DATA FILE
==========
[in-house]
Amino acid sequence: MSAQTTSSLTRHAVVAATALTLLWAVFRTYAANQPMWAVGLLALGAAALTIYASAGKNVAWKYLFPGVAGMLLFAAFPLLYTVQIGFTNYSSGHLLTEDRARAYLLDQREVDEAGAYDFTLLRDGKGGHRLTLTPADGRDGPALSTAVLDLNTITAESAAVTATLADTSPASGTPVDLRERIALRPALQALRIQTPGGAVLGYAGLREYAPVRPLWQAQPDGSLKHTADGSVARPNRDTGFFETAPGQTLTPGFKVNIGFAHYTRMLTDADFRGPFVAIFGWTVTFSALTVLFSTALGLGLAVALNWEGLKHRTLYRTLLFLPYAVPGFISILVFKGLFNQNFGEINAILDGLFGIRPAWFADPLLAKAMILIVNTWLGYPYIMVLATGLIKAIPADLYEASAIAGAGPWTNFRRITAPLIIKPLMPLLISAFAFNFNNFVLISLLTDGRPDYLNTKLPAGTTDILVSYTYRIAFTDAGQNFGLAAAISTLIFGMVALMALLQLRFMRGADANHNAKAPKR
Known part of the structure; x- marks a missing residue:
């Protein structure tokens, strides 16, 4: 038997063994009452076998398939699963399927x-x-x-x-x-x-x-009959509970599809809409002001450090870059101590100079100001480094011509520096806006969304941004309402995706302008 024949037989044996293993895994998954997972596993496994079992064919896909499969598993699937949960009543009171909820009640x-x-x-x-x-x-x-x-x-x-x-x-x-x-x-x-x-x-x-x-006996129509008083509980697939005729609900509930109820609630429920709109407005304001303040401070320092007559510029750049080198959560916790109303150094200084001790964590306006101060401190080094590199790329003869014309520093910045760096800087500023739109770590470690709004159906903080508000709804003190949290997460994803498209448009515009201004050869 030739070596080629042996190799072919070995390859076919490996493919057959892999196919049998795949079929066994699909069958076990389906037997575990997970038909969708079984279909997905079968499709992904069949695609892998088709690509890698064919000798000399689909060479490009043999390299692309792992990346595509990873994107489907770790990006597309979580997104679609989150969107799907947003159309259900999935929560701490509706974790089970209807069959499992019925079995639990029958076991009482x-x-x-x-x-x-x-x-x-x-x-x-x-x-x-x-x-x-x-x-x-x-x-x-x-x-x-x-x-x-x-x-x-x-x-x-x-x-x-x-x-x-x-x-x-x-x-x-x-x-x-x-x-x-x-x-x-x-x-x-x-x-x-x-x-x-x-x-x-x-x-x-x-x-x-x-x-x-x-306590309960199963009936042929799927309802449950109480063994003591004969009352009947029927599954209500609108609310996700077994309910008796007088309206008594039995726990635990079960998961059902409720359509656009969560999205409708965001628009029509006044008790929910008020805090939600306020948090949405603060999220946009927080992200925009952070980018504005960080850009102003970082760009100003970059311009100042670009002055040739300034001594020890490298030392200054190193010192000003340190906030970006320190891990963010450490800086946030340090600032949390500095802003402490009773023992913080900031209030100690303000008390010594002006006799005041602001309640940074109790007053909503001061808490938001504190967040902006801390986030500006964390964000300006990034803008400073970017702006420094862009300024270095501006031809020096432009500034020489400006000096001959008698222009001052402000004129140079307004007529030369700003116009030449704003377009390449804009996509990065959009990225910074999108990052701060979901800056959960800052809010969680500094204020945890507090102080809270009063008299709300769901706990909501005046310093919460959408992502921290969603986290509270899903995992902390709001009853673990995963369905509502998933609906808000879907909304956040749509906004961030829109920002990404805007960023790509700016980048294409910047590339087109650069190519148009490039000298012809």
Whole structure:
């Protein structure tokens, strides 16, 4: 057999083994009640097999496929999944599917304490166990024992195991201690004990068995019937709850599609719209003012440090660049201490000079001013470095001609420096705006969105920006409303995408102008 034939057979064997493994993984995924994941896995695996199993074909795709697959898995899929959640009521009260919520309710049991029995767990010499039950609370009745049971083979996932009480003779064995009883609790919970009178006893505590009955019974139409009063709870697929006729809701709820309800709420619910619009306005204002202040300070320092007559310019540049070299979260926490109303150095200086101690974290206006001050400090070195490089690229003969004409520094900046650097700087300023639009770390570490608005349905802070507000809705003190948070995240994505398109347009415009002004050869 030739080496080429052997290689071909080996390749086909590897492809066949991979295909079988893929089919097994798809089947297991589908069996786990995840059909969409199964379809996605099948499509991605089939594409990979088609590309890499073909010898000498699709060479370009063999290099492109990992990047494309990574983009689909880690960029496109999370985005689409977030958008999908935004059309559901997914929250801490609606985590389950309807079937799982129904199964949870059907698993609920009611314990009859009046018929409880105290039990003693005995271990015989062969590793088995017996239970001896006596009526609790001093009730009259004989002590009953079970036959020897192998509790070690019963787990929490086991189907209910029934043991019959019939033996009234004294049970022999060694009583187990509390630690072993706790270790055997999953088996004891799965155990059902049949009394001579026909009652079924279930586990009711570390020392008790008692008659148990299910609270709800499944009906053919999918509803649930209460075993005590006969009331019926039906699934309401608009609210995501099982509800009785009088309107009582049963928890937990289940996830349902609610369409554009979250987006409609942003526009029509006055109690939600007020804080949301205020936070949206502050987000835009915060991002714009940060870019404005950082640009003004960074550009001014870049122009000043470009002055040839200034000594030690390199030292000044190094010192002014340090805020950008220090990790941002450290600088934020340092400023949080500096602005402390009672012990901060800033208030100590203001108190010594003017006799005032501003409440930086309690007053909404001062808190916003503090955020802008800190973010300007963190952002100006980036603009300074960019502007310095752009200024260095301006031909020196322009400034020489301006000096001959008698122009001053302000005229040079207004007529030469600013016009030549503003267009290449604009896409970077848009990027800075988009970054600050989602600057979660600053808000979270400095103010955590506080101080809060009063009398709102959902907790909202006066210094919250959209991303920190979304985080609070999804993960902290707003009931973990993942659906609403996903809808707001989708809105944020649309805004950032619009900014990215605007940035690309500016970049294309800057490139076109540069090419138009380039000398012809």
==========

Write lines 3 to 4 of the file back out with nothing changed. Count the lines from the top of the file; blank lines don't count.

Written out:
Known part of the structure; x- marks a missing residue:
């Protein structure tokens, strides 16, 4: 038997063994009452076998398939699963399927x-x-x-x-x-x-x-009959509970599809809409002001450090870059101590100079100001480094011509520096806006969304941004309402995706302008 024949037989044996293993895994998954997972596993496994079992064919896909499969598993699937949960009543009171909820009640x-x-x-x-x-x-x-x-x-x-x-x-x-x-x-x-x-x-x-x-006996129509008083509980697939005729609900509930109820609630429920709109407005304001303040401070320092007559510029750049080198959560916790109303150094200084001790964590306006101060401190080094590199790329003869014309520093910045760096800087500023739109770590470690709004159906903080508000709804003190949290997460994803498209448009515009201004050869 030739070596080629042996190799072919070995390859076919490996493919057959892999196919049998795949079929066994699909069958076990389906037997575990997970038909969708079984279909997905079968499709992904069949695609892998088709690509890698064919000798000399689909060479490009043999390299692309792992990346595509990873994107489907770790990006597309979580997104679609989150969107799907947003159309259900999935929560701490509706974790089970209807069959499992019925079995639990029958076991009482x-x-x-x-x-x-x-x-x-x-x-x-x-x-x-x-x-x-x-x-x-x-x-x-x-x-x-x-x-x-x-x-x-x-x-x-x-x-x-x-x-x-x-x-x-x-x-x-x-x-x-x-x-x-x-x-x-x-x-x-x-x-x-x-x-x-x-x-x-x-x-x-x-x-x-x-x-x-x-306590309960199963009936042929799927309802449950109480063994003591004969009352009947029927599954209500609108609310996700077994309910008796007088309206008594039995726990635990079960998961059902409720359509656009969560999205409708965001628009029509006044008790929910008020805090939600306020948090949405603060999220946009927080992200925009952070980018504005960080850009102003970082760009100003970059311009100042670009002055040739300034001594020890490298030392200054190193010192000003340190906030970006320190891990963010450490800086946030340090600032949390500095802003402490009773023992913080900031209030100690303000008390010594002006006799005041602001309640940074109790007053909503001061808490938001504190967040902006801390986030500006964390964000300006990034803008400073970017702006420094862009300024270095501006031809020096432009500034020489400006000096001959008698222009001052402000004129140079307004007529030369700003116009030449704003377009390449804009996509990065959009990225910074999108990052701060979901800056959960800052809010969680500094204020945890507090102080809270009063008299709300769901706990909501005046310093919460959408992502921290969603986290509270899903995992902390709001009853673990995963369905509502998933609906808000879907909304956040749509906004961030829109920002990404805007960023790509700016980048294409910047590339087109650069190519148009490039000298012809």